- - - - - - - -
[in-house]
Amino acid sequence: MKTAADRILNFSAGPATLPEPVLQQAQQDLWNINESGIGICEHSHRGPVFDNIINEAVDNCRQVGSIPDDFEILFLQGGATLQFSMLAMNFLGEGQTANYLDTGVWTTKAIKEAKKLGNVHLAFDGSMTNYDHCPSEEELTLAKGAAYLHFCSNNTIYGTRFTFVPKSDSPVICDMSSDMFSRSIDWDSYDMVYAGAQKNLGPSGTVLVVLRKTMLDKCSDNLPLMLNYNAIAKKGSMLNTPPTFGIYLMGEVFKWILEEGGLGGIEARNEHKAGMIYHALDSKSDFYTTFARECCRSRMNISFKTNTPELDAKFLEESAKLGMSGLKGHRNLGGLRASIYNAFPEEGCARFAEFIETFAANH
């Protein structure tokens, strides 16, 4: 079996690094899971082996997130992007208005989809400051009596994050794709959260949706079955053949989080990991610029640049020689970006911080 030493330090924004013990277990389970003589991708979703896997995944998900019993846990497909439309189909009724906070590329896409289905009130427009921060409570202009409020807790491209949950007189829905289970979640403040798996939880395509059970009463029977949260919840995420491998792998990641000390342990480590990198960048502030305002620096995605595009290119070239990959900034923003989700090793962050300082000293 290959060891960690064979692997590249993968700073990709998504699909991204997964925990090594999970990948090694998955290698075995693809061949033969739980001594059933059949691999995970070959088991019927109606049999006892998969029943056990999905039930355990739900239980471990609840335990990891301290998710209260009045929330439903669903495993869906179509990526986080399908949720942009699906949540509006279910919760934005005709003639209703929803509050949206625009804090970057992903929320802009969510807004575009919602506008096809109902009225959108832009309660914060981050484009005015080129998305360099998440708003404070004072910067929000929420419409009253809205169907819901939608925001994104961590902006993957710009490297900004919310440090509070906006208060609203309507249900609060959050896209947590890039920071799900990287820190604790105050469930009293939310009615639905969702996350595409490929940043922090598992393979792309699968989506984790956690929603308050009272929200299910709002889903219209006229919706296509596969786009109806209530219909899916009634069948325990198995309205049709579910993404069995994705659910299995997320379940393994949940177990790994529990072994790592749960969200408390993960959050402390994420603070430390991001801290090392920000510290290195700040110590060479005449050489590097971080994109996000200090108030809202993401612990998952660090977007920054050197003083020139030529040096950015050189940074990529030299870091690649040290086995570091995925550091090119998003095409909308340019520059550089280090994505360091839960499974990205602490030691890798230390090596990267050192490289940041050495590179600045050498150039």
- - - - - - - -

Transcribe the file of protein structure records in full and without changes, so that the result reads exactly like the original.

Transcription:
[in-house]
Amino acid sequence: MKTAADRILNFSAGPATLPEPVLQQAQQDLWNINESGIGICEHSHRGPVFDNIINEAVDNCRQVGSIPDDFEILFLQGGATLQFSMLAMNFLGEGQTANYLDTGVWTTKAIKEAKKLGNVHLAFDGSMTNYDHCPSEEELTLAKGAAYLHFCSNNTIYGTRFTFVPKSDSPVICDMSSDMFSRSIDWDSYDMVYAGAQKNLGPSGTVLVVLRKTMLDKCSDNLPLMLNYNAIAKKGSMLNTPPTFGIYLMGEVFKWILEEGGLGGIEARNEHKAGMIYHALDSKSDFYTTFARECCRSRMNISFKTNTPELDAKFLEESAKLGMSGLKGHRNLGGLRASIYNAFPEEGCARFAEFIETFAANH
């Protein structure tokens, strides 16, 4: 079996690094899971082996997130992007208005989809400051009596994050794709959260949706079955053949989080990991610029640049020689970006911080 030493330090924004013990277990389970003589991708979703896997995944998900019993846990497909439309189909009724906070590329896409289905009130427009921060409570202009409020807790491209949950007189829905289970979640403040798996939880395509059970009463029977949260919840995420491998792998990641000390342990480590990198960048502030305002620096995605595009290119070239990959900034923003989700090793962050300082000293 290959060891960690064979692997590249993968700073990709998504699909991204997964925990090594999970990948090694998955290698075995693809061949033969739980001594059933059949691999995970070959088991019927109606049999006892998969029943056990999905039930355990739900239980471990609840335990990891301290998710209260009045929330439903669903495993869906179509990526986080399908949720942009699906949540509006279910919760934005005709003639209703929803509050949206625009804090970057992903929320802009969510807004575009919602506008096809109902009225959108832009309660914060981050484009005015080129998305360099998440708003404070004072910067929000929420419409009253809205169907819901939608925001994104961590902006993957710009490297900004919310440090509070906006208060609203309507249900609060959050896209947590890039920071799900990287820190604790105050469930009293939310009615639905969702996350595409490929940043922090598992393979792309699968989506984790956690929603308050009272929200299910709002889903219209006229919706296509596969786009109806209530219909899916009634069948325990198995309205049709579910993404069995994705659910299995997320379940393994949940177990790994529990072994790592749960969200408390993960959050402390994420603070430390991001801290090392920000510290290195700040110590060479005449050489590097971080994109996000200090108030809202993401612990998952660090977007920054050197003083020139030529040096950015050189940074990529030299870091690649040290086995570091995925550091090119998003095409909308340019520059550089280090994505360091839960499974990205602490030691890798230390090596990267050192490289940041050495590179600045050498150039």